A quick Google search didn’t reveal much about her—she didn’t even have a Wikipedia page. Born to American parents in Canada, Iris lived on a horse ranch until she was eleven. Then, the family moved back to the States and she lived in Oregon until graduating college. She was a secretary for a radio station and a publicity director for a dinner theatre. After she married, Noble moved to New York City where she began freelancing for magazines and then writing books. Aha! So she did have more books!  I asked the next best source for book information, my friend, Nancy, if she was familiar with her and what she could tell me about Iris. Even Nancy had not heard of her. But she did know about Messner biographies and that opened a big door for me—apparently Ms. Noble wrote quite a few of them.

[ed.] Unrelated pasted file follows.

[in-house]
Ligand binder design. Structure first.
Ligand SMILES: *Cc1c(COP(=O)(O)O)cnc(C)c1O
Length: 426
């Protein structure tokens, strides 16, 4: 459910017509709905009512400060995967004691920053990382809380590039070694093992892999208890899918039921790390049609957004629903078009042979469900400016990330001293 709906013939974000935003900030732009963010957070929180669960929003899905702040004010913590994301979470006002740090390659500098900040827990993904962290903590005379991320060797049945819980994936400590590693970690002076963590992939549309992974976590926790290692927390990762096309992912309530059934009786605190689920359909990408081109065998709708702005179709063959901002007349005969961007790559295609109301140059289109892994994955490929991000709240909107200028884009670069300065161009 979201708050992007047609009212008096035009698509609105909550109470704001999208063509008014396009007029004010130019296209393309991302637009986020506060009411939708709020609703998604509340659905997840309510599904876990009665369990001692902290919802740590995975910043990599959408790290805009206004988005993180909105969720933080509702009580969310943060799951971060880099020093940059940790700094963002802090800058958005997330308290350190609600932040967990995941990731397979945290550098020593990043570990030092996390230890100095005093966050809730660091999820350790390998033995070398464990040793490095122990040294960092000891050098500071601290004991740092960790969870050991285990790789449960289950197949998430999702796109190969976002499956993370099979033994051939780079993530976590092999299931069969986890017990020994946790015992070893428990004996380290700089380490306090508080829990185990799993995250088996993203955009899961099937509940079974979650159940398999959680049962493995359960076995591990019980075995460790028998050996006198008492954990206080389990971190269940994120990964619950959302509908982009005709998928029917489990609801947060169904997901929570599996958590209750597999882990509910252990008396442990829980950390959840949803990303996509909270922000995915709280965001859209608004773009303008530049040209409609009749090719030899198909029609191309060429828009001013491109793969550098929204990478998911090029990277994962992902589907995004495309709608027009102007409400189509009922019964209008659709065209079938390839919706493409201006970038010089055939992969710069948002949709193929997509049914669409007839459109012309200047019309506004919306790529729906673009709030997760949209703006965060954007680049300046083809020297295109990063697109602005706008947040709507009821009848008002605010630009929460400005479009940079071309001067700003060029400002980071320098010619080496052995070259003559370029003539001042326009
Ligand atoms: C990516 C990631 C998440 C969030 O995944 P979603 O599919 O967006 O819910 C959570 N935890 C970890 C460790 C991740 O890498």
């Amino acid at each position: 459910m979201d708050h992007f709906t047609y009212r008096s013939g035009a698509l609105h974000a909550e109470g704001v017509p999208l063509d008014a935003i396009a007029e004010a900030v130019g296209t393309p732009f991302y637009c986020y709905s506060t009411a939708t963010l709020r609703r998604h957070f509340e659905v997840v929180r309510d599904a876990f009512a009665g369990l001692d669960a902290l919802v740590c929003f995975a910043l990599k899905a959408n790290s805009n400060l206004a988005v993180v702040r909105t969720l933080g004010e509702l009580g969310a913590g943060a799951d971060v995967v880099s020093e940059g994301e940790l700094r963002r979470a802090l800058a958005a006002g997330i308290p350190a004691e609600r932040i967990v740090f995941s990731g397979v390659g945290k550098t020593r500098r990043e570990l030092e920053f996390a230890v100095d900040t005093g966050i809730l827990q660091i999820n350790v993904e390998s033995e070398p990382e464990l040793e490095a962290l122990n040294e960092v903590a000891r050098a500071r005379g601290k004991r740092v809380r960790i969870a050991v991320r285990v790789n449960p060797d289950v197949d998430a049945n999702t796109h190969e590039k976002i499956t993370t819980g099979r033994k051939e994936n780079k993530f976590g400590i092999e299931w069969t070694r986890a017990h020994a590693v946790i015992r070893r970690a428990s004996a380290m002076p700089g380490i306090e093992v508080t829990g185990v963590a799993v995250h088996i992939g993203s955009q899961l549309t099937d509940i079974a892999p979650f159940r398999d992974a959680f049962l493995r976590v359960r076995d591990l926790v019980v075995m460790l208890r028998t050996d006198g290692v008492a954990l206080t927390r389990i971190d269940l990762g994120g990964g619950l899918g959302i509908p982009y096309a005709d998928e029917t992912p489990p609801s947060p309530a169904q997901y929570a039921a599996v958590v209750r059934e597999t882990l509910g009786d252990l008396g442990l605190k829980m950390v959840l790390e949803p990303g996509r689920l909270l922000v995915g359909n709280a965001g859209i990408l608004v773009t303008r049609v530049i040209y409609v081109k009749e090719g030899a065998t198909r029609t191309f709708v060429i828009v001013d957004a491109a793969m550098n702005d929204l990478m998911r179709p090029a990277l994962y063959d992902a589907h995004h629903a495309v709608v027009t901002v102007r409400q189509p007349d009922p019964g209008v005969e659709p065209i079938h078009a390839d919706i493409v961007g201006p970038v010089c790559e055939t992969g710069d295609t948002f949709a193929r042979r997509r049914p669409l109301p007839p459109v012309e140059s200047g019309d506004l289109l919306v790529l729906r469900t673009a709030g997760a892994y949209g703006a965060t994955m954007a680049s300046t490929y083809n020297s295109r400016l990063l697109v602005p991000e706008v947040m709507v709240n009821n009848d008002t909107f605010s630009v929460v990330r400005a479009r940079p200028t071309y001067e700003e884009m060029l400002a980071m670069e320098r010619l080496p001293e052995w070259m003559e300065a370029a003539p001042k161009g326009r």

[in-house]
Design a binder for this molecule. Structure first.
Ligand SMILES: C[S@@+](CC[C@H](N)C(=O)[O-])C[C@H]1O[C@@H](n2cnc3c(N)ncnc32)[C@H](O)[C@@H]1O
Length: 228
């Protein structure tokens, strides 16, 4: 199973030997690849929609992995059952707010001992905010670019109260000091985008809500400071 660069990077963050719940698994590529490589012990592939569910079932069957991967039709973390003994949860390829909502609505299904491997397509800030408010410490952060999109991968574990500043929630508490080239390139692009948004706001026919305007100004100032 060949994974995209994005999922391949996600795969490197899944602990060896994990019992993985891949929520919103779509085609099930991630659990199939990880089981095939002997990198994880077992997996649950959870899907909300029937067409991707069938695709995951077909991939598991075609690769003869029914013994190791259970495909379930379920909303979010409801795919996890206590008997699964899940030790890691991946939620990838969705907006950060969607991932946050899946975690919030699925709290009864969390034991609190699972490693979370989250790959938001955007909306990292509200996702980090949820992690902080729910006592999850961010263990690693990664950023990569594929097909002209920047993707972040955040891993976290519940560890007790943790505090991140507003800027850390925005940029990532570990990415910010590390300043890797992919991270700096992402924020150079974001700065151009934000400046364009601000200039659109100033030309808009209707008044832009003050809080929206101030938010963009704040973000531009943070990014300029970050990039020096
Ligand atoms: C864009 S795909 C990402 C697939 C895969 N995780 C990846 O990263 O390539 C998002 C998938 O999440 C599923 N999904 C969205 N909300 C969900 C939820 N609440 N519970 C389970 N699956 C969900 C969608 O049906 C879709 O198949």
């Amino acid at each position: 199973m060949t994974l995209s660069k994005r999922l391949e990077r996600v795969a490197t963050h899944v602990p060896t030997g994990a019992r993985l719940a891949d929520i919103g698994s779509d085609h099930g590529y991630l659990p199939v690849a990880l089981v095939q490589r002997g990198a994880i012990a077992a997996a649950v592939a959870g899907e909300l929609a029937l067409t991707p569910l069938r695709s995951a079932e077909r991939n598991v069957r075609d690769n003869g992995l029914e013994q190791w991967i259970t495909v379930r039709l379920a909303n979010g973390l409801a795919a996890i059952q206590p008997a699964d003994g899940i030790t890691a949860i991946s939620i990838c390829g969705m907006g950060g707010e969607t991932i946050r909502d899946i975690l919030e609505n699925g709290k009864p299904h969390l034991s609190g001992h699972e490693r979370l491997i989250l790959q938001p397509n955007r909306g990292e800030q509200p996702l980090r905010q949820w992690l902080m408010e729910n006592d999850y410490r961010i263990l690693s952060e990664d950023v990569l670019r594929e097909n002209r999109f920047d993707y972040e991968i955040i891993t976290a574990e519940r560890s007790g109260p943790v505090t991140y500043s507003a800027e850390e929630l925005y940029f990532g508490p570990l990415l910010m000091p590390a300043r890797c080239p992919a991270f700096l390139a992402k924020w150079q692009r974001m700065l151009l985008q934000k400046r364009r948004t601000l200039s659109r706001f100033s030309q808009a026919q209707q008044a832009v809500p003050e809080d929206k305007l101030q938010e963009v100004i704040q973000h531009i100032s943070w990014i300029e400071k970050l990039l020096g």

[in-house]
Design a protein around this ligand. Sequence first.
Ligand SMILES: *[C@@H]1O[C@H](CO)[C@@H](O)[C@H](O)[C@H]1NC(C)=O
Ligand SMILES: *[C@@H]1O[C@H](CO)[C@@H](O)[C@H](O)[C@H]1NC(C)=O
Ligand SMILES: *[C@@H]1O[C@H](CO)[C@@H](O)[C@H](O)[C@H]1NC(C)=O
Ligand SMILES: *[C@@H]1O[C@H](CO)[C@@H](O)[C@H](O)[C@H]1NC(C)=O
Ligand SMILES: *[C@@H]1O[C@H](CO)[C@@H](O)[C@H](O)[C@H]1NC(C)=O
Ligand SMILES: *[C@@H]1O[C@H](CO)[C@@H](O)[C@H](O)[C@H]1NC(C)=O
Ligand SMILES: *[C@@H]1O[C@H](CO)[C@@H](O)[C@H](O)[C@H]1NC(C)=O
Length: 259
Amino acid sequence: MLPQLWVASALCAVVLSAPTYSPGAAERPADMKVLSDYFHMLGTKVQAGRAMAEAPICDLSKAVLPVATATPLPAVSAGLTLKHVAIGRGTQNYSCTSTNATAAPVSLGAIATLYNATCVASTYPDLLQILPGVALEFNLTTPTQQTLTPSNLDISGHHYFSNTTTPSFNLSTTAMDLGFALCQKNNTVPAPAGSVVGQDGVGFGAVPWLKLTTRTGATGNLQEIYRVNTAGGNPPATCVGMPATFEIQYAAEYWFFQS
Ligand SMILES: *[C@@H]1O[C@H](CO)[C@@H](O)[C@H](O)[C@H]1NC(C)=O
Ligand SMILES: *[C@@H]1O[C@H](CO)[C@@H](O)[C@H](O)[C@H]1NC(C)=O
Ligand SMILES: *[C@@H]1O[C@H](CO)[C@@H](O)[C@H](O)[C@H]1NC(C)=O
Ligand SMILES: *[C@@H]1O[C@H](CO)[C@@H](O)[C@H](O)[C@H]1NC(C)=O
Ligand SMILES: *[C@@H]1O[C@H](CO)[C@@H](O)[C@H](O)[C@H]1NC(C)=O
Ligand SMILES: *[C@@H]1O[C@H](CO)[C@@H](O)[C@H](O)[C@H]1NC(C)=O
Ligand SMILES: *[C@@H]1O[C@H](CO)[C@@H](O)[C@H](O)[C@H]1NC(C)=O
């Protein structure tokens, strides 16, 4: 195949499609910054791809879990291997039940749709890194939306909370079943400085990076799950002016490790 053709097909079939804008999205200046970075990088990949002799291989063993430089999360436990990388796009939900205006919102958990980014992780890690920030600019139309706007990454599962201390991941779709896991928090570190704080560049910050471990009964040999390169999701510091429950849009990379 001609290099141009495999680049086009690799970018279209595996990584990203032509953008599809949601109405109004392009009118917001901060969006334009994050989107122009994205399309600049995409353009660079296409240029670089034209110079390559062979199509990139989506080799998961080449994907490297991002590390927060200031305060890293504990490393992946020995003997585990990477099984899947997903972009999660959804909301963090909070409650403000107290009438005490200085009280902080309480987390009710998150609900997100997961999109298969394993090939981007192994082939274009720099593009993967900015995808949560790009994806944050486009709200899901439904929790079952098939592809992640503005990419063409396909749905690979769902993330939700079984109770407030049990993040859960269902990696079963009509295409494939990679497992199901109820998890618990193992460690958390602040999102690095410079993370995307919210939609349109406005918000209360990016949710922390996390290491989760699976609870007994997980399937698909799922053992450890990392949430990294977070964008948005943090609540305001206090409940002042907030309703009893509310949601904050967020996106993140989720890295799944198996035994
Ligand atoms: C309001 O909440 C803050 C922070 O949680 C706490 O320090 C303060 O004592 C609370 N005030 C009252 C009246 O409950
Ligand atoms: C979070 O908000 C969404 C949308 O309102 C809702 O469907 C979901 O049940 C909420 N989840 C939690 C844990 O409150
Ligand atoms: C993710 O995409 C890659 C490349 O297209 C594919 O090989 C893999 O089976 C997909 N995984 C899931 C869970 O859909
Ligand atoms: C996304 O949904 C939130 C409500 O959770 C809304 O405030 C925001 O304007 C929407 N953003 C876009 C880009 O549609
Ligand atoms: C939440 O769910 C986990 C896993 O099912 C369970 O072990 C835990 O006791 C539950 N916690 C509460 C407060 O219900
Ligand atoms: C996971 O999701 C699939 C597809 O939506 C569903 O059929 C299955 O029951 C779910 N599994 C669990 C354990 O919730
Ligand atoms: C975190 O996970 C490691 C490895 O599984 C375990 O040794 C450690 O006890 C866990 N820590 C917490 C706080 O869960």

I am pleased to say I am building a little collection of Iris Noble books and Messner biographies. I think my favorite Noble biography so far has been The Honor of Balboa. When I received the book, all I could remember from my scant education on explorers was that Balboa discovered the Pacific Ocean. I actually read it, not for any interest in Balboa, but for a pre-read for my students. I could not put it down! I had to pull out a map to track his exploration of Central America, whose geography I knew nothing about. It explained so much to me about Spanish culture, Columbus’s role in exploration and decline in popularity, and also the role of the Spaniards in the annihilation of the Native American populations. I knew that the Spanish brought disease to the Indians, what I did not realize was that it was the mass genocide that wiped them out. I was grieved by the horrors they inflicted. Iris helped me to understand the Spanish attitude about natives; they were not considered people, not human. They were not even treated as well as black slaves. Balboa was the only explorer who saw the Indians as people, taking and loving a native wife as well as making excellent policies with them. At the end, I gobbled that book up in a few hours—I just had to know what was going to happen to him, and it was a sad ending.